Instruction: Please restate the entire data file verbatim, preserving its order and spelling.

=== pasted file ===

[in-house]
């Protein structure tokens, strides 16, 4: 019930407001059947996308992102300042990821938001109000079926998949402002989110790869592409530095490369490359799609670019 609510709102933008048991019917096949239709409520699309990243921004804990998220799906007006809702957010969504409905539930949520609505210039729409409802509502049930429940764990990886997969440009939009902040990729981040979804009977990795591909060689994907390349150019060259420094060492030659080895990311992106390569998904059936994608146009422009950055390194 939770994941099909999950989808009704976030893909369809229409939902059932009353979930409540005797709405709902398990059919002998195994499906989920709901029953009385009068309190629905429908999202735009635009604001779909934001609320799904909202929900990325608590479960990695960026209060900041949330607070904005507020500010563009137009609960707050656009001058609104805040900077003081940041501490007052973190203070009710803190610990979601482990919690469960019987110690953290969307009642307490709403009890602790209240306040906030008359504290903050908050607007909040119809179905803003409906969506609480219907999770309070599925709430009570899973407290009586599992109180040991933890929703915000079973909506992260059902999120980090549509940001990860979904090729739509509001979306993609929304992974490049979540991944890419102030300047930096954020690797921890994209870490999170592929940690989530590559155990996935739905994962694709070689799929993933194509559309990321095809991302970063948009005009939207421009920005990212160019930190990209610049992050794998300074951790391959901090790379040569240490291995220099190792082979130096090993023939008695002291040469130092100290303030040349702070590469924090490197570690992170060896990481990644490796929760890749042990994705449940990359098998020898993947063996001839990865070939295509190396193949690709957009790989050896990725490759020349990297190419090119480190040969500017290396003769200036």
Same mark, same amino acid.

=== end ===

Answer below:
[in-house]
């Protein structure tokens, strides 16, 4: 019930407001059947996308992102300042990821938001109000079926998949402002989110790869592409530095490369490359799609670019 609510709102933008048991019917096949239709409520699309990243921004804990998220799906007006809702957010969504409905539930949520609505210039729409409802509502049930429940764990990886997969440009939009902040990729981040979804009977990795591909060689994907390349150019060259420094060492030659080895990311992106390569998904059936994608146009422009950055390194 939770994941099909999950989808009704976030893909369809229409939902059932009353979930409540005797709405709902398990059919002998195994499906989920709901029953009385009068309190629905429908999202735009635009604001779909934001609320799904909202929900990325608590479960990695960026209060900041949330607070904005507020500010563009137009609960707050656009001058609104805040900077003081940041501490007052973190203070009710803190610990979601482990919690469960019987110690953290969307009642307490709403009890602790209240306040906030008359504290903050908050607007909040119809179905803003409906969506609480219907999770309070599925709430009570899973407290009586599992109180040991933890929703915000079973909506992260059902999120980090549509940001990860979904090729739509509001979306993609929304992974490049979540991944890419102030300047930096954020690797921890994209870490999170592929940690989530590559155990996935739905994962694709070689799929993933194509559309990321095809991302970063948009005009939207421009920005990212160019930190990209610049992050794998300074951790391959901090790379040569240490291995220099190792082979130096090993023939008695002291040469130092100290303030040349702070590469924090490197570690992170060896990481990644490796929760890749042990994705449940990359098998020898993947063996001839990865070939295509190396193949690709957009790989050896990725490759020349990297190419090119480190040969500017290396003769200036």
Same mark, same amino acid.